Figuring out what works — and what doesn’t — in Colorado’s juvenile justice system
Re: “Miracle in youth corrections?” March 19 Vincent Carroll column.
I was glad to see The Denver Post revisit the issues raised by a previous article about Colorado’s Division of Youth Corrections, and I applaud the points Vincent Carroll made regarding the dearth of research on the issue. Too often we get the extreme headlines without thoughtful explorations of issues.
We do have a lot of research about what helps human beings do well, and what puts them at risk to not do well, which should be the basis of decisions about rehabilitation, which is supposed to be the goal of the entire juvenile justice system. The role of the juvenile courts was conceived “to act in the place of a kind and just parent” to provide the guidance and discipline kids need to return to a healthy developmental trajectory.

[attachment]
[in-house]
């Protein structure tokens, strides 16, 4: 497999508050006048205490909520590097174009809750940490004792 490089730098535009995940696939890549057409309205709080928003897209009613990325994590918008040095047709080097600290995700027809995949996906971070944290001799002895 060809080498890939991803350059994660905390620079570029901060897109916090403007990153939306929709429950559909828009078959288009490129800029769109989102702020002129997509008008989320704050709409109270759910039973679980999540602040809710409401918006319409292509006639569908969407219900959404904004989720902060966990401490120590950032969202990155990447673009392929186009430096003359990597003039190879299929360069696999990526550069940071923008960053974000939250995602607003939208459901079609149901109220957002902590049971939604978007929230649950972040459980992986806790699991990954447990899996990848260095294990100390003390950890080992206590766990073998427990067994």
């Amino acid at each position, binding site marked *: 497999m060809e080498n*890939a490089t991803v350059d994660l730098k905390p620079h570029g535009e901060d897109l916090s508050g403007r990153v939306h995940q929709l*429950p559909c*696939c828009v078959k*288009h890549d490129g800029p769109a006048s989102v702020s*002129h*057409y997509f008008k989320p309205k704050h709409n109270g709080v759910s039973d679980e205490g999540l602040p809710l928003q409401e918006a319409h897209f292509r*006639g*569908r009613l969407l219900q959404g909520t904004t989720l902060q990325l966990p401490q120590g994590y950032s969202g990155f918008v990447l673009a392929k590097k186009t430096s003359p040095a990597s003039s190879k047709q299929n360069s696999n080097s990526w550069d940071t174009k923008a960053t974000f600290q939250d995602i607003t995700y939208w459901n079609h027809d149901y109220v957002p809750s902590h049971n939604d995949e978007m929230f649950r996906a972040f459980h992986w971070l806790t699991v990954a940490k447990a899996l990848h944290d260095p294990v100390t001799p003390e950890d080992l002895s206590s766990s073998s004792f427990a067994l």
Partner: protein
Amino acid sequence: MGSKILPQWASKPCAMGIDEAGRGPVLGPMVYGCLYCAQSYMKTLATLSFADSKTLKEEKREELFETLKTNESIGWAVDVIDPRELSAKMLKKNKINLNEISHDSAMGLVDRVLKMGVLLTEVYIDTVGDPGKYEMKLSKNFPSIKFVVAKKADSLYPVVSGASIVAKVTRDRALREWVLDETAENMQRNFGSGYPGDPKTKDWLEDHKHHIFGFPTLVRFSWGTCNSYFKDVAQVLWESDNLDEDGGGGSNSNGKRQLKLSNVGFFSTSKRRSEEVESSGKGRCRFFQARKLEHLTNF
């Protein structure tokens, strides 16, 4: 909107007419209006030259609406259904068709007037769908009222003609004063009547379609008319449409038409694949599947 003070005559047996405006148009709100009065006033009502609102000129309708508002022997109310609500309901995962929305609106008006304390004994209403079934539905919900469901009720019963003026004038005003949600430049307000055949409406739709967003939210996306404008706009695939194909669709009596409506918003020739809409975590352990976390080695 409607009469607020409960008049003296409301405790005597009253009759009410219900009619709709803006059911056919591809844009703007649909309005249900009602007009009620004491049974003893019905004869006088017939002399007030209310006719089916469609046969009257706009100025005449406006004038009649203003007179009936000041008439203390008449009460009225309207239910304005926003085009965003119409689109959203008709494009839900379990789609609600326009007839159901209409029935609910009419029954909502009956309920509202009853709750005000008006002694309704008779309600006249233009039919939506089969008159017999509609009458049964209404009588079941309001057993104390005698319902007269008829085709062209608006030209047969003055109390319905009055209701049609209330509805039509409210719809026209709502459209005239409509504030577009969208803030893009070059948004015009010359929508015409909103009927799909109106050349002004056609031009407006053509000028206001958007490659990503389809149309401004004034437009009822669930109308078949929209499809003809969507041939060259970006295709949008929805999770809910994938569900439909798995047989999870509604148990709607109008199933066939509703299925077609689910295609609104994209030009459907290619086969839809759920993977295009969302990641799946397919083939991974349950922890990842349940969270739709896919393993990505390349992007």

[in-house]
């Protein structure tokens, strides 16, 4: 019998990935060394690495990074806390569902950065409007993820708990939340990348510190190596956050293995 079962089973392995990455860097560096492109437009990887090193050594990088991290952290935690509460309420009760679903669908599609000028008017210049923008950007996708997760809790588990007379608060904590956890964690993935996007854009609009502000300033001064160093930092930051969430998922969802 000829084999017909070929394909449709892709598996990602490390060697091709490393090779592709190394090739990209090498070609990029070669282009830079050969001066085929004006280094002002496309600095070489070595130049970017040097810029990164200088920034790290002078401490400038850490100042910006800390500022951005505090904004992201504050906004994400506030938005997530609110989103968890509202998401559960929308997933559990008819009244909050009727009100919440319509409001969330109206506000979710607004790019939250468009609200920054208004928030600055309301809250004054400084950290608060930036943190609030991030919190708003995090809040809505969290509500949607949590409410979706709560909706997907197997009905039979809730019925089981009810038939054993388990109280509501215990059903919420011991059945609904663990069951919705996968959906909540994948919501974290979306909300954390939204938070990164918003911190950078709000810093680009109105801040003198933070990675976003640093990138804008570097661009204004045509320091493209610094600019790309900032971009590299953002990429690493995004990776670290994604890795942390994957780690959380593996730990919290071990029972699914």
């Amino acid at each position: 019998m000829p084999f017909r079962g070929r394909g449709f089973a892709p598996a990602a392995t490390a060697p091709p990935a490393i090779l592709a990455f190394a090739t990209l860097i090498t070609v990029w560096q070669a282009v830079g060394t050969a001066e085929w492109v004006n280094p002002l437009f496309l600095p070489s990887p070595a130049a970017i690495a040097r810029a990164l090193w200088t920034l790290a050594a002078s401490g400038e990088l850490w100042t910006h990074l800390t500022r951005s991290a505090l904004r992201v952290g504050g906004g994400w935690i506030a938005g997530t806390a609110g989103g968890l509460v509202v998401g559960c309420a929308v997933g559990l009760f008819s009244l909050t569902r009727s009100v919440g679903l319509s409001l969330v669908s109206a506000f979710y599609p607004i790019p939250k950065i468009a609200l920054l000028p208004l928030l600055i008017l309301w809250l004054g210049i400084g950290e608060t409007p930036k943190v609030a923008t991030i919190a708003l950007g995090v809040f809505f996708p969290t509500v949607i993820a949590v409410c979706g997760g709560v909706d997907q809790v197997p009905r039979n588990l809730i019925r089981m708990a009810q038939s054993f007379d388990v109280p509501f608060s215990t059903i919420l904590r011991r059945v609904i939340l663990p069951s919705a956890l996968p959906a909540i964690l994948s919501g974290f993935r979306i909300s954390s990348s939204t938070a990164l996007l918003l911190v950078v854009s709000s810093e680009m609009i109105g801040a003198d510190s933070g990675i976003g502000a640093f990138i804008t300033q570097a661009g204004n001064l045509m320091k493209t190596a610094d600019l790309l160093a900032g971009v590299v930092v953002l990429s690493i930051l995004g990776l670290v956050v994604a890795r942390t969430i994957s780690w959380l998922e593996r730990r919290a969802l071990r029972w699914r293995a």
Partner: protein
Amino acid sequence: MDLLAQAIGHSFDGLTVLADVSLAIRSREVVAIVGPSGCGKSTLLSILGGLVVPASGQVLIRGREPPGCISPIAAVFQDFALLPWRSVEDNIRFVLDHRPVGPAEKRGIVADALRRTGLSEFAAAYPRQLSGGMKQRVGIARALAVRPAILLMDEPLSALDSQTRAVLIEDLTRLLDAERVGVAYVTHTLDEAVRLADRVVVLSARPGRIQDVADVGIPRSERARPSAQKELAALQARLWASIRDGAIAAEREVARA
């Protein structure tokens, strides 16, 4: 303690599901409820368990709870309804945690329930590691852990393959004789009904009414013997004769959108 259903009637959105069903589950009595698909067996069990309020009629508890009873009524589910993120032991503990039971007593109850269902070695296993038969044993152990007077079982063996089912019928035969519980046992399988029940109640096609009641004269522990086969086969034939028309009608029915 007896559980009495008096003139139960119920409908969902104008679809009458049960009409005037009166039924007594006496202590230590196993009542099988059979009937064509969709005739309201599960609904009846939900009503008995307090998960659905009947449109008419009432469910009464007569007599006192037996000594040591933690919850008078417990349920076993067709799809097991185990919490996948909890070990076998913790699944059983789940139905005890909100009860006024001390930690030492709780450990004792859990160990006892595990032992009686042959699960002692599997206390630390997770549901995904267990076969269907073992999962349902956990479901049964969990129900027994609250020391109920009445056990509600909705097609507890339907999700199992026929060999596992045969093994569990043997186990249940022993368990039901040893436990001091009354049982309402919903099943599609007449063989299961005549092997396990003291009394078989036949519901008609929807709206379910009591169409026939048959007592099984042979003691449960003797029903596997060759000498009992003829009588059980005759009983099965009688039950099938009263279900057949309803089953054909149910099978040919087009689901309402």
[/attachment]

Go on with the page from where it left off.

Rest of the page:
It should be noted that expecting/encouraging kids to be the instrument of control over other kids does not demonstrate or teach discipline, and sets a dangerous precedent for those kids in the real world. The improvement brought about by increased staff-to-youth ratios bears out common sense. Adults are responsible for keeping kids safe, thus increasing staff is key to creating safety in group settings where kids pose a risk to themselves and/or others.